“Gobshite”

Nancy Friedman asks, “Is Charles Pierce the only U.S. journalist who uses gobshite?” She provides a link to an Esquire Magazine politics blog post by Pierce, titled “What Are the Gobshites Saying These Days?”

I was not familiar with the term, but having previously covered gobsmacked (wherein gob means “mouth”) and shite, I could figure out that it means someone out of whose gob comes shite. The OED confirms the meaning and notes that it’s “chiefly Irish English” and (thanks!) “derogatory.” The first citation is from Hugh Leonard’s 1973 play “Da“: “Hey God, there’s an old gobshite at the tradesmen’s entrance.”

(Interestingly, the OED reports an earlier U.S. Navy use, meaning “enlisted seaman,” with this 1910 quote: “You can imagine all the feelin’s In a foolish ‘gobshite’s’ breast.”)

In answer to Nancy’s question, I would have to say, actually, yes. When I searched for the word in the Lexis-Nexis database of U.S. newspapers, going back to the 1980s, I was initially surprised to find fifty-six hits. But a few were references to or quotes from Ireland, and most of the rest were references to a New England-based band called The Gobshites. The most recent, from August 2012, was a quote from a”political observer” named Charlie Cooke. He was discussing, you guessed it, Charlie Pierce:

“Pierce’s hyperbole transcends mere disagreement, as does his dismissal of all those who dissent as ‘gobshites.’”

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9 responses to ““Gobshite”

  1. gobshite is more a description of character than a reflection of someone’s discourse. Gobshiteness encompasses more than simply talking shite, it implies a loquaciousness, lyrical style, opinion stating with premises not always supported by solid evidence.

  2. Well, I saw “Da” on Broadway back then, so I must have heard the word before, but I can honestly say that I don’t think I’ve heard or seen it since, until now. Trying to find an “official” definition, I ran across this article of possible interest: http://itre.cis.upenn.edu/~myl/languagelog/archives/004633.html .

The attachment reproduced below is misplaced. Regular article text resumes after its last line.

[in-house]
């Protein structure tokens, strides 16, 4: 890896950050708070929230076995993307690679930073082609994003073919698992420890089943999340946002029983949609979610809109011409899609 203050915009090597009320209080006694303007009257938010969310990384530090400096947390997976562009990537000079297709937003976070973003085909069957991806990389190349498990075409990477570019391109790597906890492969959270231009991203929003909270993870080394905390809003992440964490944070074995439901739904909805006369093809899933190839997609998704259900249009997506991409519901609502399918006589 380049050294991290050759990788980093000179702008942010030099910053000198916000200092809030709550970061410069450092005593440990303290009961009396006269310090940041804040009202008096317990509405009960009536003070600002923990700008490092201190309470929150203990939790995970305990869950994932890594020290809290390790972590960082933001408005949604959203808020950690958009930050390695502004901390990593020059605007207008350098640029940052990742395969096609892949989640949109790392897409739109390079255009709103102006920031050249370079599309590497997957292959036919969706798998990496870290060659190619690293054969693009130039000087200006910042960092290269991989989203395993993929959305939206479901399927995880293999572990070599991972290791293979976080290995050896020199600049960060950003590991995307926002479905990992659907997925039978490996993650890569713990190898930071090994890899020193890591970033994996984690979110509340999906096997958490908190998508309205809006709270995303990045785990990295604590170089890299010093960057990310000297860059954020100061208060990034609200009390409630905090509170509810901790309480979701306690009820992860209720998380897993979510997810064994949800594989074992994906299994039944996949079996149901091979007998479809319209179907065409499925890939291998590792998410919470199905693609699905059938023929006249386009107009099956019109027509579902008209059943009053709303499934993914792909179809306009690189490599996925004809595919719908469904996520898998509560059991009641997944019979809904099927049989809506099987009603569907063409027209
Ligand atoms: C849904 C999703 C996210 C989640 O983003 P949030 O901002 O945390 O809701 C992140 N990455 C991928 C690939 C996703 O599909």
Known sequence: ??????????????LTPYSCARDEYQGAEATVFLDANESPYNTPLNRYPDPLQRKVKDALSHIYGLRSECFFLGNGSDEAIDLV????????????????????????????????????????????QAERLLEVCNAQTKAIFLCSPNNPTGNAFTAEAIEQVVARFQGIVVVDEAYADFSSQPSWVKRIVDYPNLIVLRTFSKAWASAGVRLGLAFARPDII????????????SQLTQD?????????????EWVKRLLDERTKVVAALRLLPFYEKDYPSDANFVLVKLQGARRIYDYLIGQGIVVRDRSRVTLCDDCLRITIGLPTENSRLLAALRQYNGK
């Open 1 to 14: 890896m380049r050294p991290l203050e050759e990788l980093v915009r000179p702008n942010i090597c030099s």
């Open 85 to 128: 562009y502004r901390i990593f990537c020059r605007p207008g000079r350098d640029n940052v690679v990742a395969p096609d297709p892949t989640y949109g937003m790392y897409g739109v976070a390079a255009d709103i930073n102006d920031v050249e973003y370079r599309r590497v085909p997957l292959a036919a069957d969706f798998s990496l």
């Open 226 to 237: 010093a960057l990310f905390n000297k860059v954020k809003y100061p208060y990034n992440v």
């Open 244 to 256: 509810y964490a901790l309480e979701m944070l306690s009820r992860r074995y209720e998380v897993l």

3. It’s a fairly popular term in Ireland. Insulting, yes, but like many Hiberno-English pejoratives it’s also occasionally used with some affection (as for example when someone you’re fond of is too generous or compliant, or is simply talking rubbish). More often, though, no affection is intended, and the word serves more generally to refer to a “fool”, a “useless eejit”, or someone talking shite.

    Etymologically, this English gob may have come from Irish gob “mouth, beak”. Bernard Share, in Slanguage, mentions British dialectal gawby, gooby, etc. for comparison, and notes the excellent nominalisation gobshitery, which might translate loosely as “stupidity, nonsense, eejitry”. It has common currency in politics, where we have no end of said behaviour.

    It’s worth searching for “gobshite” on IrishTimes.com for some colourful recent examples of the word in use.

  4. A couple of years ago there was an Irish Daily Times front-page headline about their own Government that said simply: USELESS GOBSHITES (with the subheadline “Government in meltdown but STILL they cling to power”). This might have got a bit of international attention.

  5. “…this English gob may have come from Irish gob …”
    A long time ago, surely. (“gobstopper”, “shut your gob”, etc”.)

  6. In my head I hear “gobshite” in a Glasgow accent. That’s not incompatible with an Irish origin of course.

  7. It is also a very popular term of abuse in Liverpool, a city which, like Glasgow, has strong Irish connections.

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